I took a little road trip last week. I intended to go to the Air Force Museum in Dayton, OH, which I try to visit every few years. But, it turned out that wasn’t really the highlight of the trip.
My first stop was Edgewood, Kentucky to visit my friend Tom. Tom has cancer and recently finished 7 weeks of radiation therapy. He looks good and the doctors say the prognosis is good. He finds out June 8th if the radiation worked. There are a couple of things he’ll have to deal with the rest of his life due to the radiation. If the radiation therapy worked, he felt the tradeoff was acceptable. We had dinner with friends from former jobs (Michelle, Garry, and Gene), laughed a lot, and it was fun.
Further observation: The Ohio River is pretty impressive. That area may be another road trip candidate.
THE AIR FORCE MUSEUM
I always enjoy this museum. There was nothing new this year; they had just moved the planes around. A few of my favorites were not available as they are getting ready for the 60th anniversary of the Korean War.
FORT WAYNE, INDIANA
I decided to head north from the Air Force Museum rather than stay in Dayton. Due to really nasty weather, I ended up in Fort Wayne. According to the news the next day, 4.5 inches of rain fell that night. There was very impressive lightning and thunder. Good thing nature was putting on a show because the hotel’s satellite TV was definitely not working during the storm (we had the same problem in New Hampshire – just when you can’t go anywhere and TV seems like a good idea, the darn thing stops working. Never get dish…).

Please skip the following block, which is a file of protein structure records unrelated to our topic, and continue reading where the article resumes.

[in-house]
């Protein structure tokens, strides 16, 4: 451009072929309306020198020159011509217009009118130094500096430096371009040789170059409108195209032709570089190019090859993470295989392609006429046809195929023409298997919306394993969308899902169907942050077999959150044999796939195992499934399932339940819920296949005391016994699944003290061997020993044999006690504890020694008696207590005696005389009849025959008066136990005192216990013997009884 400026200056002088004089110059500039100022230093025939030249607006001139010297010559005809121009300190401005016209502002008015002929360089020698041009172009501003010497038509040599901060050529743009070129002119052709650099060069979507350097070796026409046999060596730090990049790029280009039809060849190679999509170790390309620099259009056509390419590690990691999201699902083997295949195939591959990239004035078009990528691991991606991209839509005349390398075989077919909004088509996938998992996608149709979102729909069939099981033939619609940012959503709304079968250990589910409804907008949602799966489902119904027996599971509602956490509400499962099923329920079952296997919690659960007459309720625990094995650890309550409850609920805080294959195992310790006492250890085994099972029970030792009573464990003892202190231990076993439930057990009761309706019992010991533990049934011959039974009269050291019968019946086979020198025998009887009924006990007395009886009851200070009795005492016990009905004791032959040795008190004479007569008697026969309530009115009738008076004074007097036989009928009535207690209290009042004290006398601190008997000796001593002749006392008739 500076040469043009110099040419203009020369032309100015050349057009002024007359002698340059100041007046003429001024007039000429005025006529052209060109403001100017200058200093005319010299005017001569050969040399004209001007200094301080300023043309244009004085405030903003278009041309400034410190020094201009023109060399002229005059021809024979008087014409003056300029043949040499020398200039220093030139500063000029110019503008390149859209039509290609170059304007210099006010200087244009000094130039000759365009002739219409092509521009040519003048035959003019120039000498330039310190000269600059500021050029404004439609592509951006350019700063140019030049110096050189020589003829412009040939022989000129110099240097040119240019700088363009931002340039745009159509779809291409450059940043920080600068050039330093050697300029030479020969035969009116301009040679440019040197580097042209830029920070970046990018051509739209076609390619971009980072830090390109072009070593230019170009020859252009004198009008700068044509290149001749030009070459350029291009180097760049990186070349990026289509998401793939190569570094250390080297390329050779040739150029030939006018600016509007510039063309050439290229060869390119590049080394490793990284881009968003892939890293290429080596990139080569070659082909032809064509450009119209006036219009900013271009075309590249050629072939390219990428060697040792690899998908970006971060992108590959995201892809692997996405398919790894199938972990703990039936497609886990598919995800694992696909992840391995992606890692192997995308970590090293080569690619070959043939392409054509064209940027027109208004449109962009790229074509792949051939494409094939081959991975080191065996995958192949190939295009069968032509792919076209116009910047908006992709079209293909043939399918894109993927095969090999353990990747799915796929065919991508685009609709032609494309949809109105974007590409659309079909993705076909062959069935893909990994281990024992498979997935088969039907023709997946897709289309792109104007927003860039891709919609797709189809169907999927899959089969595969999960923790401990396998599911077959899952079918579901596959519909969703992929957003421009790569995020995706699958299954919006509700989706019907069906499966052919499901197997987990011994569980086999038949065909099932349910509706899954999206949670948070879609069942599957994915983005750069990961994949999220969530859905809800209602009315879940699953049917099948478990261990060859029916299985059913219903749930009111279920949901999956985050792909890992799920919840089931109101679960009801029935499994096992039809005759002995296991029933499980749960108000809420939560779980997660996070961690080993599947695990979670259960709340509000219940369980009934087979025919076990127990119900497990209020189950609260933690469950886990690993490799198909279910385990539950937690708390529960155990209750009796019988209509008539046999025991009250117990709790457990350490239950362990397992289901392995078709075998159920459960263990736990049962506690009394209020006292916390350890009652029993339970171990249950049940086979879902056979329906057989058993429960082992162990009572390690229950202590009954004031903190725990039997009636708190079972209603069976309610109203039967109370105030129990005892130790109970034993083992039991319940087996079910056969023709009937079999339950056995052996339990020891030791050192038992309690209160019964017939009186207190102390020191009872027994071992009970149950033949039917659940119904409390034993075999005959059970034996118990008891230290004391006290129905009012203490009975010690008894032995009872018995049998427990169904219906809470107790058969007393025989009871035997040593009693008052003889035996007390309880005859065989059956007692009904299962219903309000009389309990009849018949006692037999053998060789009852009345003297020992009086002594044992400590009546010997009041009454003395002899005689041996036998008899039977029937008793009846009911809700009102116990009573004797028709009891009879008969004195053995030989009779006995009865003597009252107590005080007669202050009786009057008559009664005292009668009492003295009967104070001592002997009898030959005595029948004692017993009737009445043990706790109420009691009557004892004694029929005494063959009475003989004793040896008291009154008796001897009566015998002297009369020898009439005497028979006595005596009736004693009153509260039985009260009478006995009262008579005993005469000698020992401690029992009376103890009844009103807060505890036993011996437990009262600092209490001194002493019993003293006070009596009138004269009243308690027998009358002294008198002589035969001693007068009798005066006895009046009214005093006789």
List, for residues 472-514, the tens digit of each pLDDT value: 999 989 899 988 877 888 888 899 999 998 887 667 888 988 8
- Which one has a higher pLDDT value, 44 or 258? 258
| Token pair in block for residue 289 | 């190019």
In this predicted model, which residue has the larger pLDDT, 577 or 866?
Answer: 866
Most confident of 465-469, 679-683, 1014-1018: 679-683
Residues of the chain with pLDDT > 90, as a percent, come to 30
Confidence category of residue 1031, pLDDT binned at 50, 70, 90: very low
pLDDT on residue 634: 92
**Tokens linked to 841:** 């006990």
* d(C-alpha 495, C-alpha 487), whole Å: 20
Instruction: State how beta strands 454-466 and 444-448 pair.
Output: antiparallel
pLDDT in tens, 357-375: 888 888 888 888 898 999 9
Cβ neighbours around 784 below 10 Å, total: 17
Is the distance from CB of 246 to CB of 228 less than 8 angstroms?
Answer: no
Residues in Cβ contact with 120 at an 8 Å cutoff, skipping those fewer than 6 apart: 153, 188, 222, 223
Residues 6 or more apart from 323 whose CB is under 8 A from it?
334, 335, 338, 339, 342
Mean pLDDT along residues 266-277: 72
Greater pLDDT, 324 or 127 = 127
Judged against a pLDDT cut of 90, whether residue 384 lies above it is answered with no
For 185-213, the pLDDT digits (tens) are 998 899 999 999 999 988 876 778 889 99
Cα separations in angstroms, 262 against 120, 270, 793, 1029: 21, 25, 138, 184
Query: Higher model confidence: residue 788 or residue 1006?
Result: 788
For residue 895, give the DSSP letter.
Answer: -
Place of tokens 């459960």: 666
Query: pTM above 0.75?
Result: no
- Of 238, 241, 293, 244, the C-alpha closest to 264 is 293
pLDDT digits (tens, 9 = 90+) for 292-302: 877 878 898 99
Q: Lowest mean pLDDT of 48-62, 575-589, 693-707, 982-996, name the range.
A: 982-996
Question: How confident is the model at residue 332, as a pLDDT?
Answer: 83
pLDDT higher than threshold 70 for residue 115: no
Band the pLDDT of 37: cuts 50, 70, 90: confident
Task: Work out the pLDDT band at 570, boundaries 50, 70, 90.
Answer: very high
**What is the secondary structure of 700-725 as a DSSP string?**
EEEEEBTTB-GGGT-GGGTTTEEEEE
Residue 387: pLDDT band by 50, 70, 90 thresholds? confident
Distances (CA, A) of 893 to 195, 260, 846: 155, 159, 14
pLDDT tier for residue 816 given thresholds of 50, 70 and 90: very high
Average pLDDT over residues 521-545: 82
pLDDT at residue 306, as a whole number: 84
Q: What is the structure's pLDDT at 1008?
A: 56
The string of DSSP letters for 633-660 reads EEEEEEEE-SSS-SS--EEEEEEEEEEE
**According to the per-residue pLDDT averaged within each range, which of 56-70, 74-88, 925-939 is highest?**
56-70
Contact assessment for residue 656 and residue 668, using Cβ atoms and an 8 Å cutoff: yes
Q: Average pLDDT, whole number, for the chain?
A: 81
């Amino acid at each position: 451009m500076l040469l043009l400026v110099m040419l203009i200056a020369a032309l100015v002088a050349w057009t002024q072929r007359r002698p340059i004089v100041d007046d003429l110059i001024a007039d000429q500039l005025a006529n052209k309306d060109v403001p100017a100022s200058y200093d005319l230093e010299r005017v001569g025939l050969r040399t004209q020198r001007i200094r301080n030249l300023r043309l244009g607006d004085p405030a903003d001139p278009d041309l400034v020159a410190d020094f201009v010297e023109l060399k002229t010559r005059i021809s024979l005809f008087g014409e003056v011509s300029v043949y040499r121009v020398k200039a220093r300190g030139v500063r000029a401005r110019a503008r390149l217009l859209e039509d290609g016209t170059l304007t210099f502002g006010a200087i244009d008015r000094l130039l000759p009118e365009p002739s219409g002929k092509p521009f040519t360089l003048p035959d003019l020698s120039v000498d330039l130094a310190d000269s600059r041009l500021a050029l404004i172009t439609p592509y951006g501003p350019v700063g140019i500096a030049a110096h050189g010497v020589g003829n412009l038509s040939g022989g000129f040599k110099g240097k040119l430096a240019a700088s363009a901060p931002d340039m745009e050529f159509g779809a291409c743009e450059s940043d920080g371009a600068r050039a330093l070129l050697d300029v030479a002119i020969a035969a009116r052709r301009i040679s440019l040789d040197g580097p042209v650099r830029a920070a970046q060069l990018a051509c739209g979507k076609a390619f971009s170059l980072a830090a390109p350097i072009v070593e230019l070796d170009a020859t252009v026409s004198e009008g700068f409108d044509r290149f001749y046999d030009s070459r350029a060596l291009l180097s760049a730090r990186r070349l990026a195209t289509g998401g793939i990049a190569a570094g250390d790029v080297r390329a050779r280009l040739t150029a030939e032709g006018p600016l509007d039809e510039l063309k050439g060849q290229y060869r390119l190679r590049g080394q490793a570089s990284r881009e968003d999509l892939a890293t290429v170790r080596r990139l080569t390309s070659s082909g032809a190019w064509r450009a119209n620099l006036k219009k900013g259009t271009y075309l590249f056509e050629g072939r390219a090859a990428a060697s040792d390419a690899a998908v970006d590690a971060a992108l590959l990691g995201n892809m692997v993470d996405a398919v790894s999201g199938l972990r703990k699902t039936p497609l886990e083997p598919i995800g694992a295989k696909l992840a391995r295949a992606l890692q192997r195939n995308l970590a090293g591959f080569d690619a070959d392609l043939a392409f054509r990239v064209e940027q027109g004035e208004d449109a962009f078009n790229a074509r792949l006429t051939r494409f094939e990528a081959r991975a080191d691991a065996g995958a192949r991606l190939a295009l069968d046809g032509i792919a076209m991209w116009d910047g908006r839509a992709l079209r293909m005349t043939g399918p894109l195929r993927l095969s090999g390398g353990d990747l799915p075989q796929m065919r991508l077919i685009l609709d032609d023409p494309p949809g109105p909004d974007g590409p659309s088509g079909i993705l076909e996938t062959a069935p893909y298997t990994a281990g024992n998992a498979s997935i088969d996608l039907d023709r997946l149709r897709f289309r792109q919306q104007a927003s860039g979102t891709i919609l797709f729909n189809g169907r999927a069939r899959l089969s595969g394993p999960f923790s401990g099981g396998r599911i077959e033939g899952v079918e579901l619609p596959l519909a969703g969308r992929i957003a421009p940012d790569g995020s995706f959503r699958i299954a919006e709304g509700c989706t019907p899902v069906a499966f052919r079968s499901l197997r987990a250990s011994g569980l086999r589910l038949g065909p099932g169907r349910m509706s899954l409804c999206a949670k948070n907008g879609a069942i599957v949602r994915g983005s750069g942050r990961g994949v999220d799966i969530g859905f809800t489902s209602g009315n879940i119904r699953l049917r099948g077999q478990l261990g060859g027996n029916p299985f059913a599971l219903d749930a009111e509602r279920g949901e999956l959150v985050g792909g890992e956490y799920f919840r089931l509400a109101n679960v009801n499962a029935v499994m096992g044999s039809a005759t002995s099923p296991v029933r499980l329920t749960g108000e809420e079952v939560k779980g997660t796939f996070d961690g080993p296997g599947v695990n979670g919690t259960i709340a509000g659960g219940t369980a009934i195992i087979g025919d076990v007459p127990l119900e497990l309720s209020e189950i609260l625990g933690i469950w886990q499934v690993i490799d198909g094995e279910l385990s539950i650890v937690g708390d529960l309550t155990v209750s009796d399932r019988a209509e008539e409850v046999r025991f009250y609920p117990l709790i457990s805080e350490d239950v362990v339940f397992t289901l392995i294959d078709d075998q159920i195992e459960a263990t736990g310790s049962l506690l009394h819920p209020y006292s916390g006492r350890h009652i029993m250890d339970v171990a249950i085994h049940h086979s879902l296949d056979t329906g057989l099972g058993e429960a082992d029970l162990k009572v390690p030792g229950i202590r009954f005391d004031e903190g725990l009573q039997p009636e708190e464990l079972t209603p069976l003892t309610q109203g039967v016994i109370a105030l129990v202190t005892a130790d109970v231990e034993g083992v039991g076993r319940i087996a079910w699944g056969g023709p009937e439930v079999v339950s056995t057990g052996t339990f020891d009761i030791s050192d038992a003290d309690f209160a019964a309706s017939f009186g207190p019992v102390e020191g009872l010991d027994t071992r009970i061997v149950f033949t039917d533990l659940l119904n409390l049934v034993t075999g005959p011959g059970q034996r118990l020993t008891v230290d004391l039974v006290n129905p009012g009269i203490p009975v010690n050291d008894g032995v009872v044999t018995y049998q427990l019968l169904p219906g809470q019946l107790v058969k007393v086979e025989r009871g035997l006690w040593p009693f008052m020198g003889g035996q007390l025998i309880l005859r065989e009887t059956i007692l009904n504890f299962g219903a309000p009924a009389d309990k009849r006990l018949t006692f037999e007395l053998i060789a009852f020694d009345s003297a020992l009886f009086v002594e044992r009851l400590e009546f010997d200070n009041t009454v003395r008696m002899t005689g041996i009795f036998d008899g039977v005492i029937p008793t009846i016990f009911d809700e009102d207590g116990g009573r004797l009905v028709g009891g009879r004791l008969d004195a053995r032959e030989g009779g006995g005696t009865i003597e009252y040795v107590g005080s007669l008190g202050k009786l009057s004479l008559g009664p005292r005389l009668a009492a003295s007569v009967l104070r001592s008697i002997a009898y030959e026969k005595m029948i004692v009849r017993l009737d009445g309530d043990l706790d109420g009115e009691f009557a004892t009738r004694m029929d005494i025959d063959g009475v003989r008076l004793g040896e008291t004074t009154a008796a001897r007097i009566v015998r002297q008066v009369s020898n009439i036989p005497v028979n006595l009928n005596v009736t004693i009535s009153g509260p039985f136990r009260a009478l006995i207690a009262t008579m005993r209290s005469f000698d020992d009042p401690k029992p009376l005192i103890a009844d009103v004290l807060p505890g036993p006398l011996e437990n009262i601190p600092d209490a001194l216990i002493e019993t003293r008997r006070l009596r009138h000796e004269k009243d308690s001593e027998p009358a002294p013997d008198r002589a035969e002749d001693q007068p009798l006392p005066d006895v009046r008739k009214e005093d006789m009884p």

RV / MOTORHOME HALL OF FAME – ELKHART, INDIANA
I’m really glad I stopped here. I’ve been by it a number of times and as I zipped by at 70+ miles per hour I would say to myself: “I should stop there.” So, I did. I’ll just let the pictures describe this part of my journey:
This is one of the first Airstreams. 13 feet long.
One of the first motorhomes, from the 20s – heated by pot-bellied stove.
This is the dash of a 50’s era motorhome (called the Cortez). No navigation system? No AC? No backup cameras? How did they ever cope?
The couple that owned this lived in it from 1948 to 1988. Charming and homey inside.
This one is my favorite – someone converted a 1976 Cadillac. Truly hideous, but I wish I had one. I bet it would be like driving the Oscar Mayer Wienermobile.
Here’s the interior of the converted Caddy. There wasn’t enough headroom for me to stand.
The climate control and entertainment systems in a 1920’s travel trailer.
Paramount Pictures built a motorhome for Mae West and this is it. The cool thing is it had a porch in the back. The back door here is opened to it. Supposedly, she sat out here in a rocking chair in the evenings. Why don’t today’s motorhomes have porches? I think this is really cool.
This was my favorite trailer. I just loved the wood and it felt so homey and comfortable. It’s from the 30s.